MANILA - Prosecutors on Tuesday presented bank executives at the continuation of the plunder trial of former Sen. Ramon "Bong" Revilla Jr. at the Sandiganbayan 1st Division in connection with his alleged role in the Priority Development Assistance Fund (PDAF) scam.
Chinatrust Philippines Commercial Bank executives Teresa Mendoza and Noel Flores testified on the accounts of Revilla and wife Lani Mercado.
The defense continued to oppose their testimonies, saying they constituted a violation of the Bank Secrecy Law.
Revilla also reiterated that amounts found in the bank accounts being presented by the prosecution were from his legitimate income as an actor.
“Lahat po iyon legal na kinita ko, bata pa lang ako nag-aartista na ako,” said Revilla, a long-time movie actor.
At least two more witnesses are left to testify before the prosecution rests its case.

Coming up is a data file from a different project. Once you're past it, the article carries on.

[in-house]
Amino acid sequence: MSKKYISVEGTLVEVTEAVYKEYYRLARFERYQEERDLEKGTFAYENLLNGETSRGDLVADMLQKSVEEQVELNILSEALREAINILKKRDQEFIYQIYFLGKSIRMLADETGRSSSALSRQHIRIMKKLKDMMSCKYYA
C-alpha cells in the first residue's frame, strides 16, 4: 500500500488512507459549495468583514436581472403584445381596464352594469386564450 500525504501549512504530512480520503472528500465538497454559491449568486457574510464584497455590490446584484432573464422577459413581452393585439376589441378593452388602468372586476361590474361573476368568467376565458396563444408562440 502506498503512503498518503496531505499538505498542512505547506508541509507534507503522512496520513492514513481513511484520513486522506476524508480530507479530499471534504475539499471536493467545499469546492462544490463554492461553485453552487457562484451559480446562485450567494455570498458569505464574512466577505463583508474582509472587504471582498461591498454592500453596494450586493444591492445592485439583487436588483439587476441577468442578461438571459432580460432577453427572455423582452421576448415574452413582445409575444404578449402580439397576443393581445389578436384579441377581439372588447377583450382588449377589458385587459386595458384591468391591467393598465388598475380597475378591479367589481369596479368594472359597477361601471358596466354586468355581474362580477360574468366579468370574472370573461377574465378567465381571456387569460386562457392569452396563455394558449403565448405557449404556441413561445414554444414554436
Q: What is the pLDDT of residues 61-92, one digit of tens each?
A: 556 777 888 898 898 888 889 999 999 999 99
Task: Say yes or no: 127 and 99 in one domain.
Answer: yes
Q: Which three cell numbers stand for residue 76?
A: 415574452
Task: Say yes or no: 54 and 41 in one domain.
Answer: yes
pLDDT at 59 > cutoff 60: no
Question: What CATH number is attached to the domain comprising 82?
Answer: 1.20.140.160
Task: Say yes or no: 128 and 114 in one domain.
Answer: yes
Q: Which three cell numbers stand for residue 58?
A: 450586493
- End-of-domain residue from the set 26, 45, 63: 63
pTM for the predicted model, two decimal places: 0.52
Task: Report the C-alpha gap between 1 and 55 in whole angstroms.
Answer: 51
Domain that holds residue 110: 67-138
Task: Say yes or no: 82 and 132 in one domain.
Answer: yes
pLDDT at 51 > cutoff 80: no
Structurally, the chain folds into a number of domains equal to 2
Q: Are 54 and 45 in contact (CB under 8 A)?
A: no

The prosecution told Special Prosecutor Director Joefferson Toribio that they can finish the presentation of witnesses within the month.
The court had earlier estimated that the trial, which began in June, may last from one to two years based on the number of witnesses to be presented by the two sides.
Toribio, however, clarified in a statement that because of stipulations between their side and the defense, the proceedings were cut short.
Asked to comment after the trial, Revilla said he needs more prayers from his supporters.
“Basta hihilingin ko lang sa ating mga kababayan na konting dasal pa, may awa ang Diyos at baka sakali,” Revilla said.
Revilla's friends and supporters, who almost filled the courtroom, were also present during the hearing, including entertainment columnist Lolit Solis, character actor King Gutierrez, as well as members of a group of tricycle drivers and operators from the former senator's native Bacoor, Cavite.
Revilla is charged with plunder and 16 counts of graft before the anti-graft court for allegedly pocketing P224.5 million worth of kickbacks from ghost projects purportedly funded by his PDAF from 2006 to 2010.
His PDAF allocations were allegedly funneled to bogus foundations identified with businesswoman Janet Lim-Napoles, the alleged scam mastermind.